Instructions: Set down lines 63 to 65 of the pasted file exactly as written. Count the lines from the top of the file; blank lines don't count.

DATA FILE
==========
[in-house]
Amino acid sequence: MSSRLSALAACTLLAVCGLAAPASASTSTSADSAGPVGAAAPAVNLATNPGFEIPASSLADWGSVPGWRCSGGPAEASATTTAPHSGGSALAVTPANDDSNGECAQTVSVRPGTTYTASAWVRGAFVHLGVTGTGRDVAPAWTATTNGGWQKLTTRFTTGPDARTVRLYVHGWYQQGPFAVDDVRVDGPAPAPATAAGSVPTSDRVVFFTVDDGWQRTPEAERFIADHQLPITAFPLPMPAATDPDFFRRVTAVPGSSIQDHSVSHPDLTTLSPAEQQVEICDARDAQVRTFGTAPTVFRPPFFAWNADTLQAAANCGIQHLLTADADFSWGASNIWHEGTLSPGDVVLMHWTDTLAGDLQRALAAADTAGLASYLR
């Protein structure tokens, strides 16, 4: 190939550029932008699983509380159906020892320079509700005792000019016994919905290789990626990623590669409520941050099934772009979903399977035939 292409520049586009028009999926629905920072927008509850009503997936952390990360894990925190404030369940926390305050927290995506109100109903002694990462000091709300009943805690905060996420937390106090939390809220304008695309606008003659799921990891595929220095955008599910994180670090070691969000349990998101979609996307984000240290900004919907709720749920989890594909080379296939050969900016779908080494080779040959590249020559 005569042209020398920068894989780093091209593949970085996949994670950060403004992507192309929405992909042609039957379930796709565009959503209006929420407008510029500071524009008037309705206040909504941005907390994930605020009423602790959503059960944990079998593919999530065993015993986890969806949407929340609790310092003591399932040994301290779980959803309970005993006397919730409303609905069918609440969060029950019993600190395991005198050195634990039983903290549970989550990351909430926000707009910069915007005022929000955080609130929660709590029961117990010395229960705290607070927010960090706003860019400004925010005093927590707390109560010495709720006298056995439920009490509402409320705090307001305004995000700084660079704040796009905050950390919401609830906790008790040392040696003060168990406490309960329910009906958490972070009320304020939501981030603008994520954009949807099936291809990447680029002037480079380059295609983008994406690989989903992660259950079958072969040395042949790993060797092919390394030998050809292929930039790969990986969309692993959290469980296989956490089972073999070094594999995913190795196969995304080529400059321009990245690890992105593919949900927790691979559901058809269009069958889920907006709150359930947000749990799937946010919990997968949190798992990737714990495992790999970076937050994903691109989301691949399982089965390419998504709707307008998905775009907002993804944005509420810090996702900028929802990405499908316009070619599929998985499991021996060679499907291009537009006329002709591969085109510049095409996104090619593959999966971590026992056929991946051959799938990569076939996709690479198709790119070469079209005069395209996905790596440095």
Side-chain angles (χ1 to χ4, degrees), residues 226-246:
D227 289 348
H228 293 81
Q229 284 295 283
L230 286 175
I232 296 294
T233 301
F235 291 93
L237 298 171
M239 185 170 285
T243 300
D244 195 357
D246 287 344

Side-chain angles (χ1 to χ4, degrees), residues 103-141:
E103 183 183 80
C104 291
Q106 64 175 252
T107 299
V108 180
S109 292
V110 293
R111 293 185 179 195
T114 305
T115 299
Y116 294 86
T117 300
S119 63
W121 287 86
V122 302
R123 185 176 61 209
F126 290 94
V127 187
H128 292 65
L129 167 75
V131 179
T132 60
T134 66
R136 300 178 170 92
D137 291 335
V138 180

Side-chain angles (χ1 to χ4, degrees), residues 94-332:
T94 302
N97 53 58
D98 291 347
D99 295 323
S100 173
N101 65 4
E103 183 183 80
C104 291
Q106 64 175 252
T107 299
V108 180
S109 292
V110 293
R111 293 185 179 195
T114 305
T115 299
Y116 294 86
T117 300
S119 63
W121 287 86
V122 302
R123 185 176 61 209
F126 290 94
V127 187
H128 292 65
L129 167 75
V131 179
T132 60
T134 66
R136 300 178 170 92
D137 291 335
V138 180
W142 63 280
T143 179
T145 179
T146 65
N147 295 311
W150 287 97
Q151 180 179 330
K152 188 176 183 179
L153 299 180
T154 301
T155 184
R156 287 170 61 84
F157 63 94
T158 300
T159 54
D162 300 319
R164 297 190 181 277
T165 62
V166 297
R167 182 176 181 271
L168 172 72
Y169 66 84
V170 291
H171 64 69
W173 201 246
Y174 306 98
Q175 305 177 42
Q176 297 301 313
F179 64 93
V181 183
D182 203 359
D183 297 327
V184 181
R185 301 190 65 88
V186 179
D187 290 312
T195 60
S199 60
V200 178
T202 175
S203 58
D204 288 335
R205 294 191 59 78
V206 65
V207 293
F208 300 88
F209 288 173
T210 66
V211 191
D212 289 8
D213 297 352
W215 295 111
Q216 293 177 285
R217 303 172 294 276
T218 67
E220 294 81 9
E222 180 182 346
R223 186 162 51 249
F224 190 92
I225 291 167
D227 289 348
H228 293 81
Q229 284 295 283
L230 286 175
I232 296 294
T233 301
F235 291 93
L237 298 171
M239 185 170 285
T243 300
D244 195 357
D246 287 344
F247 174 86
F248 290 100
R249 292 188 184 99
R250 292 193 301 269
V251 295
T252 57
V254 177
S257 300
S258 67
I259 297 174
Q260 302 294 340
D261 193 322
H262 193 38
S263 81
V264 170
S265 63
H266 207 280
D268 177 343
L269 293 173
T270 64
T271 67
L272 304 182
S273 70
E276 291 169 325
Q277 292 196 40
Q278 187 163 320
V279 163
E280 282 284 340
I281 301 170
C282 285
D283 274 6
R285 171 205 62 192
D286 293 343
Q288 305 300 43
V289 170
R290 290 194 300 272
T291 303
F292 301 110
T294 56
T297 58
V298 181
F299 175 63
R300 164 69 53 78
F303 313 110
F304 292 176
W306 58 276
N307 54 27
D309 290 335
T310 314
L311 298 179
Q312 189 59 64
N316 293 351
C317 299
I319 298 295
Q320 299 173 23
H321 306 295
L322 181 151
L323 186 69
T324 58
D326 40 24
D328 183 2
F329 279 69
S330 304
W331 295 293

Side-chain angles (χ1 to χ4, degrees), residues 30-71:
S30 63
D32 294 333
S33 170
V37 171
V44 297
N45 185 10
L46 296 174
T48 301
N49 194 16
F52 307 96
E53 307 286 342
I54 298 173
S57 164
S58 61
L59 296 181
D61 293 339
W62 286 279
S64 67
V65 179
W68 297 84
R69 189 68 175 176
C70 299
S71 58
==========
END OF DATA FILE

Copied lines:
S119 63
W121 287 86
V122 302